Representatives across country hold rallies Saturday to criticize Iraq conflict
By Josh Richman
Members of Congress — including Oakland's representative — will mark the third anniversary of a British government meeting detailed in the "Downing Street memo" by taking criticism of the Iraq war to the masses.
Rep. Barbara Lee, D-Oakland, will host a town hall meeting from 11 a.m. to 12:30 p.m. Saturday at the Grand Lake Theatre, 3200 Grand Lake Ave. in Oakland. Eight other lawmakers from New York to Michigan to New Mexico to California will hold district meetings this weekend as well.
Lee will be joined by Berkeley's Daniel Ellsberg, a former government worker famed for leaking the "Pentagon Papers" on U.S. decision-making in Vietnam in 1971; Steve Cobble, an activist and co-founder of afterdowningstreet.org; Bill Mitchell of Atascadero, a Gold Star Families for Peace co-founder whose son, U.S. Army Sgt. Michael Mitchell, 25, was killed in Baghdad; and Iraq Veterans Against the War members.
Lee intends to introduce a resolution of inquiry this week calling on the Bush administration to release all materials related to its meetings with British officials before the congressional vote authorizing use of force in Iraq.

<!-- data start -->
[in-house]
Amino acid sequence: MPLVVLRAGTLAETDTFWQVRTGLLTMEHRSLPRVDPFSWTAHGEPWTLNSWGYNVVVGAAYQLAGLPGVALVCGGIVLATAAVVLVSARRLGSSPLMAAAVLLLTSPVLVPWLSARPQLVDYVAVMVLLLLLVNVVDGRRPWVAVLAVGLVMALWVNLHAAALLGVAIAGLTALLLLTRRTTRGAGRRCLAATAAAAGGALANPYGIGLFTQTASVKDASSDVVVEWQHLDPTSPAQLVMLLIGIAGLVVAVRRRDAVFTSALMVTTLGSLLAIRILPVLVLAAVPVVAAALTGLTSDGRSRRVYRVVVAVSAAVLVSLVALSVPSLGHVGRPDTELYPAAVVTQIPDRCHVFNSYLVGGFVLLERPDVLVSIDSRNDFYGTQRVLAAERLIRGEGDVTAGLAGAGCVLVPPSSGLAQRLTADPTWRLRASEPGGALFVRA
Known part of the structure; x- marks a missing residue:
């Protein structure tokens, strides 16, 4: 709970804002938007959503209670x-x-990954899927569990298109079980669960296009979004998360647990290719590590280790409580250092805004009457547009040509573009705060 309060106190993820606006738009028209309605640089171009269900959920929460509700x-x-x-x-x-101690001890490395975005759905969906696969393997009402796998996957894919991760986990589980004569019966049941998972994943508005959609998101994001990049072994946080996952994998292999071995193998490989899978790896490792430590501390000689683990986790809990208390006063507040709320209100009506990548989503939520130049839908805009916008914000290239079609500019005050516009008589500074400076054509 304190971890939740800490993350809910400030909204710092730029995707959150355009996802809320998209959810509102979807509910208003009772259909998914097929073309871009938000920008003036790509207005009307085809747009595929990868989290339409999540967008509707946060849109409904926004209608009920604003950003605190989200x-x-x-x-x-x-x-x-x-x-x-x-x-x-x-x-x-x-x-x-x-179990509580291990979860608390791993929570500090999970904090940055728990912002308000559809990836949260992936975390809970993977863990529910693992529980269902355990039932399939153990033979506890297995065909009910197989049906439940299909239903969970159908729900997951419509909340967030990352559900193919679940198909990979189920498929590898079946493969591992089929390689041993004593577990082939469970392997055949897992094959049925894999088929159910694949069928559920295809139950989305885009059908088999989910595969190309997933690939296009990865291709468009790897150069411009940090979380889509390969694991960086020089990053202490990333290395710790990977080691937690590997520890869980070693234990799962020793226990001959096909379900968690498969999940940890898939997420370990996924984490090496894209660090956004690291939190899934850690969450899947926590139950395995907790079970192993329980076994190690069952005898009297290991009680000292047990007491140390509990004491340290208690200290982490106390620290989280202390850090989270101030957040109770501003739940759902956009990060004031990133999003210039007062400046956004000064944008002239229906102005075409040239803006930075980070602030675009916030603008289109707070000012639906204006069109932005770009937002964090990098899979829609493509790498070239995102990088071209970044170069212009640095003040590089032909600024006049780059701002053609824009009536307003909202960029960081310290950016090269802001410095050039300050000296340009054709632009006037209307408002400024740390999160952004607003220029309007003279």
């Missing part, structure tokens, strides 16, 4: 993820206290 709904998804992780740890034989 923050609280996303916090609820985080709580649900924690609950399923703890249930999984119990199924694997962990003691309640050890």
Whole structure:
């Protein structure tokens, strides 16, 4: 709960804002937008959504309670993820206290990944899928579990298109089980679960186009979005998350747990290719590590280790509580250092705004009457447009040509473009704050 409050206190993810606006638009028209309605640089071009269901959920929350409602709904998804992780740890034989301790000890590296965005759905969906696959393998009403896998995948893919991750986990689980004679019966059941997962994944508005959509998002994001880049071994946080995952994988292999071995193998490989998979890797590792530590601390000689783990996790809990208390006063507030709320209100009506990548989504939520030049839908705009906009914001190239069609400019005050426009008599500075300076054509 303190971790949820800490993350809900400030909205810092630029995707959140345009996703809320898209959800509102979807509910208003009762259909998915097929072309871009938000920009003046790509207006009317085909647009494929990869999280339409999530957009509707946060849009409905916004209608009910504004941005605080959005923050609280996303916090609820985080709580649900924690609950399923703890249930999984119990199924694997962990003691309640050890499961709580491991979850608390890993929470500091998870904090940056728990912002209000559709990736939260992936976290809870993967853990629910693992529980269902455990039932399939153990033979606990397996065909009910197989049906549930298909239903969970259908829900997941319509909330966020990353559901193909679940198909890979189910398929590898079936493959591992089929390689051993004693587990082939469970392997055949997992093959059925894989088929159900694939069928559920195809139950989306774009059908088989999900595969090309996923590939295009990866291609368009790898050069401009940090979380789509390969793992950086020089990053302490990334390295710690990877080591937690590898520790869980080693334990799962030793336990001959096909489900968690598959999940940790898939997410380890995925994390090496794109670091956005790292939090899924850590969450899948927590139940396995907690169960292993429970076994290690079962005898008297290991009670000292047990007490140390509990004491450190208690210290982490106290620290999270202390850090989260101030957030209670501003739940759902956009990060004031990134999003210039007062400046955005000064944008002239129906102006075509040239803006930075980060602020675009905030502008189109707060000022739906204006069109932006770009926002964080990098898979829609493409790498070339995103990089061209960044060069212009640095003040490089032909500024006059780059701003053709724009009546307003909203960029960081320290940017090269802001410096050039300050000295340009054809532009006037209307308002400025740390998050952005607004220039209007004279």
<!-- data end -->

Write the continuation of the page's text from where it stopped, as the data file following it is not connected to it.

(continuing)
Apparently penned by a foreign-policy aide to Prime Minister Tony Blair, the Downing Street memo contains minutes from a July 23, 2002, meeting of high-ranking officials. Sir Richard Dearlove, head of the British secret intelligence service MI6, had recently met with CIA officials in Washington and was quoted as saying "(m)ilitary action was now seen as inevitable."
"Bush wanted to remove Saddam, through military action, justified by the conjunction of terrorism and WMD (weapons of mass destruction)," the memo says. "But the intelligence and facts were being fixed around the policy. The NSC (National Security Council) had no patience with the UN route, and no enthusiasm for publishing material on the Iraqi regime's record. There was little discussion in Washington of the aftermath after military action."
The memo also said Foreign Secretary Jack Straw indicated he would discuss the issue with U.S. Secretary of State Colin Powell that week.
"It seemed clear that Bush had made up his mind to take military action, even if the timing was not yet decided. But the case was thin. Saddam was not threatening his neighbours, and his WMD capability was less than that of Libya, North Korea or Iran."
More than 130 members of Congress have written to President Bush. and more than 575,000 people have signed petitions in recent weeks demanding answers from the White House.